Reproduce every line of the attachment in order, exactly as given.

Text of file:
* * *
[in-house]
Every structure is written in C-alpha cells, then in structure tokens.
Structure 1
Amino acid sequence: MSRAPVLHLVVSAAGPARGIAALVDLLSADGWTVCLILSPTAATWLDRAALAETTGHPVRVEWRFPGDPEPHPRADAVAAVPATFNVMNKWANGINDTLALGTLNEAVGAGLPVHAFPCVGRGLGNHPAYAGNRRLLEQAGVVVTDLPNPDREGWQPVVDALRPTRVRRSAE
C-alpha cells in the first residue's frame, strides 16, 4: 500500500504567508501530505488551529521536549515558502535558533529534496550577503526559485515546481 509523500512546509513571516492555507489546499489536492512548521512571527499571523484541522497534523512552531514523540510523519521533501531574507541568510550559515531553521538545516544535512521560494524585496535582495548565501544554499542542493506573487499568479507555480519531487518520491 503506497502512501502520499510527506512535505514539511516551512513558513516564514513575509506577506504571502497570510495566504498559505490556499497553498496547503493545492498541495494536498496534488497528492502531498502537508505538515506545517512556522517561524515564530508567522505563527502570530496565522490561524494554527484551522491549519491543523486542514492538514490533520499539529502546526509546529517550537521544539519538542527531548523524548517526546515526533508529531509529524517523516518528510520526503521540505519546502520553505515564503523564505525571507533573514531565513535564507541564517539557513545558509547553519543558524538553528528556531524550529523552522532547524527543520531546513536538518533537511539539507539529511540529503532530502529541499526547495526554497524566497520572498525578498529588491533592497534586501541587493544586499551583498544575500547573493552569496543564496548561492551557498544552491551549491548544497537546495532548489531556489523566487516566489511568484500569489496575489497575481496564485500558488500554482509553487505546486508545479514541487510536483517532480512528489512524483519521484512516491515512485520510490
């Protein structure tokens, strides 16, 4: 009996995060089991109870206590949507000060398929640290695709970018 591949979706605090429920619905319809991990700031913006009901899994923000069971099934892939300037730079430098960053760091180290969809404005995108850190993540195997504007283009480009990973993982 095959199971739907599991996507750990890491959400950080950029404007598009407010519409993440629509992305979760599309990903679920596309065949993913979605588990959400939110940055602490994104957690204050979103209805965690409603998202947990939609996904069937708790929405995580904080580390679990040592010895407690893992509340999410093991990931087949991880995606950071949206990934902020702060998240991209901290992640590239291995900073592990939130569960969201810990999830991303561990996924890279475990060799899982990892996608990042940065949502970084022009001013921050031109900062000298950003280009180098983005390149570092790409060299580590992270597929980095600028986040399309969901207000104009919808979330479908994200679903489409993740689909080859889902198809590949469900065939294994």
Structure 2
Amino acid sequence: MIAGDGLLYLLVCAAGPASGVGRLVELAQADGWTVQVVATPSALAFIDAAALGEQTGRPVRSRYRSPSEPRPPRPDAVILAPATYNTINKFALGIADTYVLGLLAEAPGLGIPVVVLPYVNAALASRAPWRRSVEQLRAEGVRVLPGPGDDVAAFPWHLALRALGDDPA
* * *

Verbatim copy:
[in-house]
Every structure is written in C-alpha cells, then in structure tokens.
Structure 1
Amino acid sequence: MSRAPVLHLVVSAAGPARGIAALVDLLSADGWTVCLILSPTAATWLDRAALAETTGHPVRVEWRFPGDPEPHPRADAVAAVPATFNVMNKWANGINDTLALGTLNEAVGAGLPVHAFPCVGRGLGNHPAYAGNRRLLEQAGVVVTDLPNPDREGWQPVVDALRPTRVRRSAE
C-alpha cells in the first residue's frame, strides 16, 4: 500500500504567508501530505488551529521536549515558502535558533529534496550577503526559485515546481 509523500512546509513571516492555507489546499489536492512548521512571527499571523484541522497534523512552531514523540510523519521533501531574507541568510550559515531553521538545516544535512521560494524585496535582495548565501544554499542542493506573487499568479507555480519531487518520491 503506497502512501502520499510527506512535505514539511516551512513558513516564514513575509506577506504571502497570510495566504498559505490556499497553498496547503493545492498541495494536498496534488497528492502531498502537508505538515506545517512556522517561524515564530508567522505563527502570530496565522490561524494554527484551522491549519491543523486542514492538514490533520499539529502546526509546529517550537521544539519538542527531548523524548517526546515526533508529531509529524517523516518528510520526503521540505519546502520553505515564503523564505525571507533573514531565513535564507541564517539557513545558509547553519543558524538553528528556531524550529523552522532547524527543520531546513536538518533537511539539507539529511540529503532530502529541499526547495526554497524566497520572498525578498529588491533592497534586501541587493544586499551583498544575500547573493552569496543564496548561492551557498544552491551549491548544497537546495532548489531556489523566487516566489511568484500569489496575489497575481496564485500558488500554482509553487505546486508545479514541487510536483517532480512528489512524483519521484512516491515512485520510490
């Protein structure tokens, strides 16, 4: 009996995060089991109870206590949507000060398929640290695709970018 591949979706605090429920619905319809991990700031913006009901899994923000069971099934892939300037730079430098960053760091180290969809404005995108850190993540195997504007283009480009990973993982 095959199971739907599991996507750990890491959400950080950029404007598009407010519409993440629509992305979760599309990903679920596309065949993913979605588990959400939110940055602490994104957690204050979103209805965690409603998202947990939609996904069937708790929405995580904080580390679990040592010895407690893992509340999410093991990931087949991880995606950071949206990934902020702060998240991209901290992640590239291995900073592990939130569960969201810990999830991303561990996924890279475990060799899982990892996608990042940065949502970084022009001013921050031109900062000298950003280009180098983005390149570092790409060299580590992270597929980095600028986040399309969901207000104009919808979330479908994200679903489409993740689909080859889902198809590949469900065939294994």
Structure 2
Amino acid sequence: MIAGDGLLYLLVCAAGPASGVGRLVELAQADGWTVQVVATPSALAFIDAAALGEQTGRPVRSRYRSPSEPRPPRPDAVILAPATYNTINKFALGIADTYVLGLLAEAPGLGIPVVVLPYVNAALASRAPWRRSVEQLRAEGVRVLPGPGDDVAAFPWHLALRALGDDPA